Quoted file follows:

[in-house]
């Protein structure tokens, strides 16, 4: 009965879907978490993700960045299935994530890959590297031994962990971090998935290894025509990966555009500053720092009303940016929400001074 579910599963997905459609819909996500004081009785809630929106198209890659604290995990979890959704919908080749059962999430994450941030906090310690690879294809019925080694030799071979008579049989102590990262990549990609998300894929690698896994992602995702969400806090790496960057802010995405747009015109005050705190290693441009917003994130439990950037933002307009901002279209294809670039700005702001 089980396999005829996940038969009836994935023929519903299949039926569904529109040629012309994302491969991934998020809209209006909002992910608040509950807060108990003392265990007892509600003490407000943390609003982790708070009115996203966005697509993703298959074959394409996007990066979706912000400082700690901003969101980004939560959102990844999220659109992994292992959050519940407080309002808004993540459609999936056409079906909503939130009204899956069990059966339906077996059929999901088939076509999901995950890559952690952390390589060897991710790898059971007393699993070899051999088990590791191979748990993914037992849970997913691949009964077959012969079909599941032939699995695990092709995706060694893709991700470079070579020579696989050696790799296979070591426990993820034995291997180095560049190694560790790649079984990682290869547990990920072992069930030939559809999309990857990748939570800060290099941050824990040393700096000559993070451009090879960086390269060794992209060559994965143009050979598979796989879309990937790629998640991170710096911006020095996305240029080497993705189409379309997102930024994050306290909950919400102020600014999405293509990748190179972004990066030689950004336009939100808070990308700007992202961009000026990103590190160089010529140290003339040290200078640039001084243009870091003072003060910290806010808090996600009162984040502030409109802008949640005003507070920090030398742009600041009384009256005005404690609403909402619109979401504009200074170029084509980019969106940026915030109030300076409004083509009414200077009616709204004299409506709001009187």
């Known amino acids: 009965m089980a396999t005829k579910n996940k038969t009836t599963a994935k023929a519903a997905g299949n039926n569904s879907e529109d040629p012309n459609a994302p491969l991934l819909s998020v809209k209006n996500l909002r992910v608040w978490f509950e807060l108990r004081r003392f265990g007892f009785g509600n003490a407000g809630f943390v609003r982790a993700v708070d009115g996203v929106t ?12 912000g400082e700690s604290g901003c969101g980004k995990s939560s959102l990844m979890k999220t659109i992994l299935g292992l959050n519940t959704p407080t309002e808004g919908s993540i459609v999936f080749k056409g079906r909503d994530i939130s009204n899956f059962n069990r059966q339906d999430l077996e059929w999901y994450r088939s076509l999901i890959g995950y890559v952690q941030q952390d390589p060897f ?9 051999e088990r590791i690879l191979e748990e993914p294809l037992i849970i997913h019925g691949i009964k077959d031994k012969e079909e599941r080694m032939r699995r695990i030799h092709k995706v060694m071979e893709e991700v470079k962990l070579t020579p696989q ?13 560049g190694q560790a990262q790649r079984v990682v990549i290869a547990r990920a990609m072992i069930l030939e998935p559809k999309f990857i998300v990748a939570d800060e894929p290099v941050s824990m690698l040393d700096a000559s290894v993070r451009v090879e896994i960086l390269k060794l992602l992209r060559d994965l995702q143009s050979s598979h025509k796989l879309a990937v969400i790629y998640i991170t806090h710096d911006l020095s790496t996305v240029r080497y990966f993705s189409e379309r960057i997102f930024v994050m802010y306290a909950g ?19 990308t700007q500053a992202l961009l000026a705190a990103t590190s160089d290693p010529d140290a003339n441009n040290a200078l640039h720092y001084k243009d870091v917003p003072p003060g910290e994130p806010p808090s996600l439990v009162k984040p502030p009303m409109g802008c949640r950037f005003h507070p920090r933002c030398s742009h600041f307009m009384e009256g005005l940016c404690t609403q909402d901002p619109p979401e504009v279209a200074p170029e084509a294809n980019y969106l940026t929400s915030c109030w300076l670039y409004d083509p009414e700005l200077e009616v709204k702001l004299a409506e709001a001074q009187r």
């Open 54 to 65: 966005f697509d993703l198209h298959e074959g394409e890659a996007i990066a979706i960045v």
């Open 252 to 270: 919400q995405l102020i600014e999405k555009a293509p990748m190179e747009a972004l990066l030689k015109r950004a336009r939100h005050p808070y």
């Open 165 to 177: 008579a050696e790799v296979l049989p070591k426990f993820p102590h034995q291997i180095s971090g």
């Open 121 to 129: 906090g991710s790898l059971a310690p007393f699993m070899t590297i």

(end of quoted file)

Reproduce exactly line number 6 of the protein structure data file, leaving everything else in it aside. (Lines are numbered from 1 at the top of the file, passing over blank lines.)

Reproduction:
């Open 165 to 177: 008579a050696e790799v296979l049989p070591k426990f993820p102590h034995q291997i180095s971090g």